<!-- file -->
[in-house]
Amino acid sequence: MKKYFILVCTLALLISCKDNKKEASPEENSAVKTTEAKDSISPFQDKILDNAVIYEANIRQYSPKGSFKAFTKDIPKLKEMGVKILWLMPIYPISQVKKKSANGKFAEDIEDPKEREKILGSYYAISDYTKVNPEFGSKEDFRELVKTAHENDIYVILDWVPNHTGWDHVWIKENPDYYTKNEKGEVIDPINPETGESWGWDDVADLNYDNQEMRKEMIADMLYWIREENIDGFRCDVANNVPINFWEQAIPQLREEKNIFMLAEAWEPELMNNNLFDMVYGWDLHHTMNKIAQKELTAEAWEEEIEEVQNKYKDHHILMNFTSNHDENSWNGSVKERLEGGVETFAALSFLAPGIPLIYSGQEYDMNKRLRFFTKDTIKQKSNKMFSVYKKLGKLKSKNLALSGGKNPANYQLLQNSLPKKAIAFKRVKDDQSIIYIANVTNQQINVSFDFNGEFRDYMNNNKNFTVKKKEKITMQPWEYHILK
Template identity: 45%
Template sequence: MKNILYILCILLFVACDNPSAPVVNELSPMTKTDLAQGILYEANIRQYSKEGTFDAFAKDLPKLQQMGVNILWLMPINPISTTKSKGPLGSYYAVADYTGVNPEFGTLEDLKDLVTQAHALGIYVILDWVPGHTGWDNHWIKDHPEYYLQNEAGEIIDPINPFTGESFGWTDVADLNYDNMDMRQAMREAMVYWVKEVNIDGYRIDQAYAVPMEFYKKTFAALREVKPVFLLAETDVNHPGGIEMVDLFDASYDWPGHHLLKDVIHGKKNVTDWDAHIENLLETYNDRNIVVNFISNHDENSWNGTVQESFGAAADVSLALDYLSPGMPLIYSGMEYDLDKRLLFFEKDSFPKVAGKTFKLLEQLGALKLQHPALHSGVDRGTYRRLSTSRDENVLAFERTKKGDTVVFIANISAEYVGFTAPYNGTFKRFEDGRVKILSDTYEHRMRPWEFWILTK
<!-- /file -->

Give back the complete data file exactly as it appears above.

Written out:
[in-house]
Amino acid sequence: MKKYFILVCTLALLISCKDNKKEASPEENSAVKTTEAKDSISPFQDKILDNAVIYEANIRQYSPKGSFKAFTKDIPKLKEMGVKILWLMPIYPISQVKKKSANGKFAEDIEDPKEREKILGSYYAISDYTKVNPEFGSKEDFRELVKTAHENDIYVILDWVPNHTGWDHVWIKENPDYYTKNEKGEVIDPINPETGESWGWDDVADLNYDNQEMRKEMIADMLYWIREENIDGFRCDVANNVPINFWEQAIPQLREEKNIFMLAEAWEPELMNNNLFDMVYGWDLHHTMNKIAQKELTAEAWEEEIEEVQNKYKDHHILMNFTSNHDENSWNGSVKERLEGGVETFAALSFLAPGIPLIYSGQEYDMNKRLRFFTKDTIKQKSNKMFSVYKKLGKLKSKNLALSGGKNPANYQLLQNSLPKKAIAFKRVKDDQSIIYIANVTNQQINVSFDFNGEFRDYMNNNKNFTVKKKEKITMQPWEYHILK
Template identity: 45%
Template sequence: MKNILYILCILLFVACDNPSAPVVNELSPMTKTDLAQGILYEANIRQYSKEGTFDAFAKDLPKLQQMGVNILWLMPINPISTTKSKGPLGSYYAVADYTGVNPEFGTLEDLKDLVTQAHALGIYVILDWVPGHTGWDNHWIKDHPEYYLQNEAGEIIDPINPFTGESFGWTDVADLNYDNMDMRQAMREAMVYWVKEVNIDGYRIDQAYAVPMEFYKKTFAALREVKPVFLLAETDVNHPGGIEMVDLFDASYDWPGHHLLKDVIHGKKNVTDWDAHIENLLETYNDRNIVVNFISNHDENSWNGTVQESFGAAADVSLALDYLSPGMPLIYSGMEYDLDKRLLFFEKDSFPKVAGKTFKLLEQLGALKLQHPALHSGVDRGTYRRLSTSRDENVLAFERTKKGDTVVFIANISAEYVGFTAPYNGTFKRFEDGRVKILSDTYEHRMRPWEFWILTK